HIMALAYAN NEWS SERVICE
KATHMANDU: The resignation tendered by the Dean of the Institute of Medicine has exposed several vested interest groups in the Tribhuvan University and Nepal Medical Council, which apparently have blatantly ignored the existing norms to grant affiliation to four proposed medical colleges that lack the basic infrastructural facilities.
Dr Prakash Sayami, who was appointed the Dean of Institute of Medicine, on August 19, 2012 is on leave.
His resignation is to come into force from December 17.
IoM sources, claiming to be in the know of things coming from the Vice Chancellor, said Dr Sayami stepped down on moral ground to avoid losing face in public on the issue of affiliation.
The resignation letter addressed to the Vice Chancellor cites health reasons.
The proposed medical colleges that have been flexing muscles in the corridors of powers of TU and IoM and even resorting to arm-twisting to secure affiliation are: Kathmandu National Medical College, Man Mohan Medical College, Nepal Police Medical College and People’s Dental and Medical College.
Sources said these colleges seeking affiliation did not meet the basic criteria: 100 ropanis of land, adequate number of teaching staff and 300-bed fully operational hospital. That apart, the distance between various campuses of a college cannot be more than 10 kilometres.
The distance is calculated on point to point basis by taking into account the road distance only, sources said.
“Some of the colleges seeking affiliation have even submitted details of land belonging to some other parties,” sources said. “How can affiliation be granted to colleges when they do not have their own land?”
Sources said the Dean’s Office and several members of the Faculty Board were opposed to granting affiliation to any new medical colleges as per the criteria developed by a three-member task force.
The task force comprised Dr Sarad Raj Onta, Assistant Dean (Academic), IoM; Prof Tri Ratna Bajracharya, Assistant Dean (Planning), Institute of Engineering; and Prof Pralhad Raj Pant, Chief, Planning Division, TU.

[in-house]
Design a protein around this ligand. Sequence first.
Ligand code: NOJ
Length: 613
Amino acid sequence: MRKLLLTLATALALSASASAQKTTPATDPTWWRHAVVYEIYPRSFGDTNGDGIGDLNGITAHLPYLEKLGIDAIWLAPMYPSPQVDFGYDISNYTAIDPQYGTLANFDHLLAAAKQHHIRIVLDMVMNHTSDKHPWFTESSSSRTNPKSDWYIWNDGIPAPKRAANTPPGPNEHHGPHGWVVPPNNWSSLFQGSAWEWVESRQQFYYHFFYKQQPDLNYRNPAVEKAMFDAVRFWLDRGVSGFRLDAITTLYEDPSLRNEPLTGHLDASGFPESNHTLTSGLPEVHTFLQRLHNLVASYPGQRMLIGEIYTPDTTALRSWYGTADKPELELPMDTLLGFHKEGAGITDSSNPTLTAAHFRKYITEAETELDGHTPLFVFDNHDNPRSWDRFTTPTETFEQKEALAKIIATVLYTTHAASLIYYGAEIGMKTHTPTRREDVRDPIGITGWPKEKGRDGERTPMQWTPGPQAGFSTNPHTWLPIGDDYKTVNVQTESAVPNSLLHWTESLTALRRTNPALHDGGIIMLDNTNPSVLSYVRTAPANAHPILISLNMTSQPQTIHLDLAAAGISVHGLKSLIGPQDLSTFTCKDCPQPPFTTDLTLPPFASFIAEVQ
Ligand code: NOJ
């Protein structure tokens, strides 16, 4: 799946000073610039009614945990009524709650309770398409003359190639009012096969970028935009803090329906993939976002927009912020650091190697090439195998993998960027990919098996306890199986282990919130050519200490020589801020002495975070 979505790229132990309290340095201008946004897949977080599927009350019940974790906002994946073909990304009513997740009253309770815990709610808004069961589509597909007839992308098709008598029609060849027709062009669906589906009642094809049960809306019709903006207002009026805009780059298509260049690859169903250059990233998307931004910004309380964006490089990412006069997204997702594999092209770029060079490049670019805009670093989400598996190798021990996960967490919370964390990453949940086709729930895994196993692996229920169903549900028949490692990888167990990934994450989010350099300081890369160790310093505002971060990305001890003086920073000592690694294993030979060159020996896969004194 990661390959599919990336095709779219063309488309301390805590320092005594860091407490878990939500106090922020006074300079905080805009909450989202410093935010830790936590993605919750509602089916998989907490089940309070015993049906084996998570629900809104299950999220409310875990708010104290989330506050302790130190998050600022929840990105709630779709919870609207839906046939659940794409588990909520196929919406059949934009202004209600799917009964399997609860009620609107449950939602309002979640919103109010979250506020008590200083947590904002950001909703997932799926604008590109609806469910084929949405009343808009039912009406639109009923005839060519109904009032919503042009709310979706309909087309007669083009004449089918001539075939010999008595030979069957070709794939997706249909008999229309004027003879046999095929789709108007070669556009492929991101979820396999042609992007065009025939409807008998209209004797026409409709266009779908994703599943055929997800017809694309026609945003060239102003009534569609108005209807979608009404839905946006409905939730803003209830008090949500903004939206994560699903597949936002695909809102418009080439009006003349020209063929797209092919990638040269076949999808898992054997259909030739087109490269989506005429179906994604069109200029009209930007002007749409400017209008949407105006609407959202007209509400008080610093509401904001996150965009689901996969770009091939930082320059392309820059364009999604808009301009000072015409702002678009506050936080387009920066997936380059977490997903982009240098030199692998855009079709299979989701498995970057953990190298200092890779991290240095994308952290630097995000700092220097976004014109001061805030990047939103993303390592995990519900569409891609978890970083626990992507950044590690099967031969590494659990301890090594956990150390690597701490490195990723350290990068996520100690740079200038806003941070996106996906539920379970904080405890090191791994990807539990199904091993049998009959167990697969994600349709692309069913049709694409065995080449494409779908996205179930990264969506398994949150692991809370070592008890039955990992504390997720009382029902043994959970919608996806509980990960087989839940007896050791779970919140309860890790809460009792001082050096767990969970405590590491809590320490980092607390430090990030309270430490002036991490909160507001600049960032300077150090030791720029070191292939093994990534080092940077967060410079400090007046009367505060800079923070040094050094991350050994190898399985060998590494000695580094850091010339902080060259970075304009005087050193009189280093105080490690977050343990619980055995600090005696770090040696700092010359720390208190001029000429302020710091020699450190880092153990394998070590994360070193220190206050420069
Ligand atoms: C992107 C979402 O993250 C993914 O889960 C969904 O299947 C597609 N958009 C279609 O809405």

One of the recommendations of the task force was that TU/IoM should rather give affiliation to colleges to be opened in the mid-western and far-western regions than to the ones in Kathmandu. “New medical colleges should not be affiliated in the district or region where number of medical colleges is significant and visible,” one of the sources said.
Sources claimed that the task force had drawn three broad principles for granting affiliation to medical colleges: there should not be any compromise on quality of education, new colleges should ensure equity and justice to the people and there should be social accountability.
As per the principles, the colleges must demonstrate their physical, academic and financial capabilities which are set by the Nepal Medical Council, TU and IoM.
Meeting these criteria, would, sources said, mean a new medical college would require an investment to the tune of Rs 37.5 crores-42.5 crores.
Dr Sayami, they said, stepped down also because the Dean’s Office did not at all receive cooperation from Tribhuvan University, particularly from the offices of the Vice Chancellor, the Registrar and the Rector.
The Dean’s efforts to promote many deserving colleagues, make permanent those who were on contract and improve quality of education and services at the Institute of Medicine and its affiliated medical colleges also fell on deaf ears.